The 2020 presidential election could end up with the highest voter turnout seen in the U.S. in more than a century. As an American, it is not only your right to vote, it is an important civic duty.
But, as an employer, are you required to give employees time off to vote?
Currently, there are 30 states in the U.S. that require business owners to give workers either paid or unpaid time off to vote on Election Day. Arizona mandates that employees be given paid time off to vote under certain conditions.
What Are My Legal Obligations?
According to Arizona Revised Statute 16-402, a person who is entitled to vote in a primary or general election may, on the day of the election, leave work for the purpose of voting if there are fewer than three consecutive hours:
- Between the opening of the polls and the beginning of their regular work shift, or
- Between the end of their regular work shift and the closing of the polls.
Employees cannot be fired for requesting time off to vote. Nor can employees be docked pay, have their hours decreased or face disciplinary action for taking time off to cast a ballot.
As a Business Owner, What Should I Do Before Nov. 3?
Now is the time to review existing policies and practices to ensure you are in compliance with applicable laws. You also want to make sure you are prepared to address employee requests for time off prior to Election Day.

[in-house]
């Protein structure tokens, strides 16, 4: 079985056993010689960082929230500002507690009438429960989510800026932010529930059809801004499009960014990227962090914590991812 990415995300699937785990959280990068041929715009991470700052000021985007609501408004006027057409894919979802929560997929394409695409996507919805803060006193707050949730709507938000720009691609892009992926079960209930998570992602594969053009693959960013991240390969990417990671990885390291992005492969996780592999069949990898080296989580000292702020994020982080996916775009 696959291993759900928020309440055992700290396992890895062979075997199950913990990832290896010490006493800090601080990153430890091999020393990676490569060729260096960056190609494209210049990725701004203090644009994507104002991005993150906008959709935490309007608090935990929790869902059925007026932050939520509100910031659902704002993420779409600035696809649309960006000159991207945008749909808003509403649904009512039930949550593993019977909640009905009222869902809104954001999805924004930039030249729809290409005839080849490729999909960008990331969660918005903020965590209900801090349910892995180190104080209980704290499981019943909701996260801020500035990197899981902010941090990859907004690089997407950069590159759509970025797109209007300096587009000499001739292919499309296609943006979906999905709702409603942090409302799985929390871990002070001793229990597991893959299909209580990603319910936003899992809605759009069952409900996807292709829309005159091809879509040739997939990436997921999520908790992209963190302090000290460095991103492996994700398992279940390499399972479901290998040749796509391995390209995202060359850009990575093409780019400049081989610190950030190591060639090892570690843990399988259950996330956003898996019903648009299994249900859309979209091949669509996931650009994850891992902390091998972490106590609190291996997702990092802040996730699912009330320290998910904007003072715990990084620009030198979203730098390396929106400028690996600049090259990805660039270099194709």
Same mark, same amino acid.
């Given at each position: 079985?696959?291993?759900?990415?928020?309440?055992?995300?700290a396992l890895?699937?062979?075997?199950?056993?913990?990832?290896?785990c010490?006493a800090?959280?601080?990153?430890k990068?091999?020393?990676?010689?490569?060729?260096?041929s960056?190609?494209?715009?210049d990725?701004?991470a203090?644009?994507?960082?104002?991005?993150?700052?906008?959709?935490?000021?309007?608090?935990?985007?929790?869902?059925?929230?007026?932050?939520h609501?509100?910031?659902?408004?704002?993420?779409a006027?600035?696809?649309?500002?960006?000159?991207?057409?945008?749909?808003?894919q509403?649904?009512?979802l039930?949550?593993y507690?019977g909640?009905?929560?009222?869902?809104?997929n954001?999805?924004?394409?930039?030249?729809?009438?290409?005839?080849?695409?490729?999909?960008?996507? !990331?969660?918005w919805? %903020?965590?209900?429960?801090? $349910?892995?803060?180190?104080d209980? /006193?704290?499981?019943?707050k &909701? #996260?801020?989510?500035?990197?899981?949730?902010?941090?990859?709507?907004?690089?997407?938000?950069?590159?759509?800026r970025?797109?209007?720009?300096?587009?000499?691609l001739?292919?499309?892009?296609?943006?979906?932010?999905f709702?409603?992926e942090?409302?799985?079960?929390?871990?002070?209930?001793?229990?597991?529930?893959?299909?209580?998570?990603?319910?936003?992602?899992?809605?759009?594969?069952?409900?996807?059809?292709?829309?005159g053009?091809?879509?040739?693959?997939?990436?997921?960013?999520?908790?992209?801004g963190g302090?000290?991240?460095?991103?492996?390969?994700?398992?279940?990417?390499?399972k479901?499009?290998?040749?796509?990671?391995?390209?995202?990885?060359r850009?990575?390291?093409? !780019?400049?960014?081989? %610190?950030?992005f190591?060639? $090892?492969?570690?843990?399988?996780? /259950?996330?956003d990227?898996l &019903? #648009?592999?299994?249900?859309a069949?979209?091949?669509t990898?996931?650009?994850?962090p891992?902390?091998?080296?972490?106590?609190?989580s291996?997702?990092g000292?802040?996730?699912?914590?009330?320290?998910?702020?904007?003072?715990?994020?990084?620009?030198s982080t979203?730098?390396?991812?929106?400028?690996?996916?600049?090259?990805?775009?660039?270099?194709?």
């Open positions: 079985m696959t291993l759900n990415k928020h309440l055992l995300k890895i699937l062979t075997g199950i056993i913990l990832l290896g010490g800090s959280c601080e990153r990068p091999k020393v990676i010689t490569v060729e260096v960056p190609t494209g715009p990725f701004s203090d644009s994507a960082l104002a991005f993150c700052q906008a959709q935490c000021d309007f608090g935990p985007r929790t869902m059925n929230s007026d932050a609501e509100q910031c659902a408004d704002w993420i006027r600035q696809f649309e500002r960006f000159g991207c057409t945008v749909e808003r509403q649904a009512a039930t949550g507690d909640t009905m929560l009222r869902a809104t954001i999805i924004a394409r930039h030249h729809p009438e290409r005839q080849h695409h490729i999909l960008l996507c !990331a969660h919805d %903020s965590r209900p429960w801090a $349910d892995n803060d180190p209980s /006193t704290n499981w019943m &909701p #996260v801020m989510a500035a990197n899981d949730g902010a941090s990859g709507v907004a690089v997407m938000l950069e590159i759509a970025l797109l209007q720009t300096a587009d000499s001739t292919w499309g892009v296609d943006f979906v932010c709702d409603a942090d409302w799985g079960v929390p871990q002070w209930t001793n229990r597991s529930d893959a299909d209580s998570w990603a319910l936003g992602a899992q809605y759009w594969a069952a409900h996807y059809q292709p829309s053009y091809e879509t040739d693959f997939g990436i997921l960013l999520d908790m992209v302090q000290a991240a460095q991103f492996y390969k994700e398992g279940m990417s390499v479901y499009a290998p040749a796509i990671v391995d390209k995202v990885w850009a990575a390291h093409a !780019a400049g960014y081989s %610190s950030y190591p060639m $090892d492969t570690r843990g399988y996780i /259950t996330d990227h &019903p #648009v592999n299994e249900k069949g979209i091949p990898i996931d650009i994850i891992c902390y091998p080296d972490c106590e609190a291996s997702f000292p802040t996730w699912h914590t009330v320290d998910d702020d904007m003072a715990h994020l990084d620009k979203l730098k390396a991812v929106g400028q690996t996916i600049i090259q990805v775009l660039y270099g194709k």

In Arizona, employers do not have to pay for more than three hours of leave, or allow an employee to take more than three hours off to vote. You can specify a timeframe when your employees are allowed to go to the polls. Be proactive to assure your business needs are covered on Election Day. Determine ahead of time how many of your employees want to vote, so they have the chance to do so without impacting your business in a negative way.
Poll officials anticipate unprecedented voter turnout this year, so encourage your employees to plan ahead and find out the slower times at their chosen polling place to make the most of their time off.
As Election Day approaches, make sure you are in compliance with state law requirements related to employee voting rights. It is against the law to refuse your employees the opportunity to vote if they meet the requirements under A.R.S. 16-402. Protect yourself, and your staff, by establishing open lines of communication and determining a clear plan before Election Day arrives.
Joshua C. Black is an Arizona attorney who provides focused representation in employment disputes. His Phoenix-area office represents clients in a variety of employment related matters including wrongful termination, discrimination, retaliation, sexual harassment, disability discrimination, wage disputes and more.